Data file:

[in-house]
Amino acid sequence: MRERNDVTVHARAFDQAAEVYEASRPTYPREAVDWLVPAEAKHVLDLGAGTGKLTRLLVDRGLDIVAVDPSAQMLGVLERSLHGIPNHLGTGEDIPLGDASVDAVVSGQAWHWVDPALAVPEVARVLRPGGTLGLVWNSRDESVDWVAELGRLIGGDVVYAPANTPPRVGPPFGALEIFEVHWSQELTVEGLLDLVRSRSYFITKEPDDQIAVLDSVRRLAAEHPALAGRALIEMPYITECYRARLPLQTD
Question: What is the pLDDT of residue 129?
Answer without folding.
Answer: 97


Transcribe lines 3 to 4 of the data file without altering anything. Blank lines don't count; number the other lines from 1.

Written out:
Question: What is the pLDDT of residue 129?
Answer without folding.